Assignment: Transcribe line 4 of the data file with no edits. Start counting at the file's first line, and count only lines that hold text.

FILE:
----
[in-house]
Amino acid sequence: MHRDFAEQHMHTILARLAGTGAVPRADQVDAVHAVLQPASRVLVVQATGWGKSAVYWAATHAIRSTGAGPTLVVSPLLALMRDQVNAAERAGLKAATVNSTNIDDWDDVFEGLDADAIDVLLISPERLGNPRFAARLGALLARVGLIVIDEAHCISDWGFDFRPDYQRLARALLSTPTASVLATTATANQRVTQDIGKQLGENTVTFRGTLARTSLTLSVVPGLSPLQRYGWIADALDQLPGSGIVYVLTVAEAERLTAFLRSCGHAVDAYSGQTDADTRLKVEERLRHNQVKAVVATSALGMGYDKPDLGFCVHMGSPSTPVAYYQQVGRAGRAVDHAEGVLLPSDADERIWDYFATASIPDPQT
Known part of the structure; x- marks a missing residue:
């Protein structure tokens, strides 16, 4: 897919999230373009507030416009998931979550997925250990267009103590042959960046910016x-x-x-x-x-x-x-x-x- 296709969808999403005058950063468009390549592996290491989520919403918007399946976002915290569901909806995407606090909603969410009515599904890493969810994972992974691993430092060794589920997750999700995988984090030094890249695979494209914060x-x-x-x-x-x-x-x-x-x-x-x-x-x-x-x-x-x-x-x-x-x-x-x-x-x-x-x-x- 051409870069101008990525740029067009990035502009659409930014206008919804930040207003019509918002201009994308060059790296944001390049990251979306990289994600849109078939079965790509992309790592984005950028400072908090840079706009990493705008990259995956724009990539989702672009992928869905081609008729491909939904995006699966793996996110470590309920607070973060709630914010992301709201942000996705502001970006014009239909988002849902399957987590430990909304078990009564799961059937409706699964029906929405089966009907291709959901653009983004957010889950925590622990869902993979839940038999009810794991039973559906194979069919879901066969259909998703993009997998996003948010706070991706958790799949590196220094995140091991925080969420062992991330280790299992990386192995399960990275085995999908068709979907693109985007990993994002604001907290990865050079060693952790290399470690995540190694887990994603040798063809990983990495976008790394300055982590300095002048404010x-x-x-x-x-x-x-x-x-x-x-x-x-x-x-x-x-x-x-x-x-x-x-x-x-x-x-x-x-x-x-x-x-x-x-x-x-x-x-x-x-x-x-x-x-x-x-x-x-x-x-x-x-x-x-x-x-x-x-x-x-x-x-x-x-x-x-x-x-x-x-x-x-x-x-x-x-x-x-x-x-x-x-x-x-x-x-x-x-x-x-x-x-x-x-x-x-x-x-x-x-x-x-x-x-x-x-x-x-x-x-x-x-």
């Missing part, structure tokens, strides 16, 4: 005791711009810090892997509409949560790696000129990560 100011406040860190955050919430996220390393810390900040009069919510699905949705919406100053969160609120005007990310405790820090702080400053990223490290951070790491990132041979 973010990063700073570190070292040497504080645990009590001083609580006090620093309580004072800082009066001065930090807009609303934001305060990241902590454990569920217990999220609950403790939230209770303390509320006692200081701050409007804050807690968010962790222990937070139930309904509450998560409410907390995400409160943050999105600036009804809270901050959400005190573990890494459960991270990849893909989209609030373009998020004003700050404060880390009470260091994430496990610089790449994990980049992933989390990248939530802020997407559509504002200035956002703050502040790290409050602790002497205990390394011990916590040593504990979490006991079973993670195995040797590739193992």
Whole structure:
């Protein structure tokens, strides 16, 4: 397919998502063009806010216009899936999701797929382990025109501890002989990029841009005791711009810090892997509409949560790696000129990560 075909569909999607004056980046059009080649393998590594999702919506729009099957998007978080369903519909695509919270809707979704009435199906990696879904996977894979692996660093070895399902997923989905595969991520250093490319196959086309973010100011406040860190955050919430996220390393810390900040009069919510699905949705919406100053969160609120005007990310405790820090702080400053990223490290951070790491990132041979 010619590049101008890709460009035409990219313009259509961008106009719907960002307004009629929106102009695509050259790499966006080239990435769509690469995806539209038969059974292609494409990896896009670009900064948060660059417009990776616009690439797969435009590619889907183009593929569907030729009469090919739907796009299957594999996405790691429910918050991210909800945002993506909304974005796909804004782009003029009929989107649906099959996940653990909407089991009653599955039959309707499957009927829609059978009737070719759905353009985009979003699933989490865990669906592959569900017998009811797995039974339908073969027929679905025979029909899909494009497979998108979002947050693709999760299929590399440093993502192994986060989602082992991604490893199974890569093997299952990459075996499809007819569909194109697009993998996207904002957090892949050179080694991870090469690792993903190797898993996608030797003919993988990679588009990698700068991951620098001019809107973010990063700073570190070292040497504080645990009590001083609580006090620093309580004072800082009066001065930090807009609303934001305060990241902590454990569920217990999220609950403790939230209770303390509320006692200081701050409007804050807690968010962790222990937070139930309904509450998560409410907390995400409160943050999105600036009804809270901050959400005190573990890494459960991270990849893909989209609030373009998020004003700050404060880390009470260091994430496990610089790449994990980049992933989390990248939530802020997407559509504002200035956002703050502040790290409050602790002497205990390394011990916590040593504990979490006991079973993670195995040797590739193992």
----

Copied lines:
């Protein structure tokens, strides 16, 4: 897919999230373009507030416009998931979550997925250990267009103590042959960046910016x-x-x-x-x-x-x-x-x- 296709969808999403005058950063468009390549592996290491989520919403918007399946976002915290569901909806995407606090909603969410009515599904890493969810994972992974691993430092060794589920997750999700995988984090030094890249695979494209914060x-x-x-x-x-x-x-x-x-x-x-x-x-x-x-x-x-x-x-x-x-x-x-x-x-x-x-x-x- 051409870069101008990525740029067009990035502009659409930014206008919804930040207003019509918002201009994308060059790296944001390049990251979306990289994600849109078939079965790509992309790592984005950028400072908090840079706009990493705008990259995956724009990539989702672009992928869905081609008729491909939904995006699966793996996110470590309920607070973060709630914010992301709201942000996705502001970006014009239909988002849902399957987590430990909304078990009564799961059937409706699964029906929405089966009907291709959901653009983004957010889950925590622990869902993979839940038999009810794991039973559906194979069919879901066969259909998703993009997998996003948010706070991706958790799949590196220094995140091991925080969420062992991330280790299992990386192995399960990275085995999908068709979907693109985007990993994002604001907290990865050079060693952790290399470690995540190694887990994603040798063809990983990495976008790394300055982590300095002048404010x-x-x-x-x-x-x-x-x-x-x-x-x-x-x-x-x-x-x-x-x-x-x-x-x-x-x-x-x-x-x-x-x-x-x-x-x-x-x-x-x-x-x-x-x-x-x-x-x-x-x-x-x-x-x-x-x-x-x-x-x-x-x-x-x-x-x-x-x-x-x-x-x-x-x-x-x-x-x-x-x-x-x-x-x-x-x-x-x-x-x-x-x-x-x-x-x-x-x-x-x-x-x-x-x-x-x-x-x-x-x-x-x-």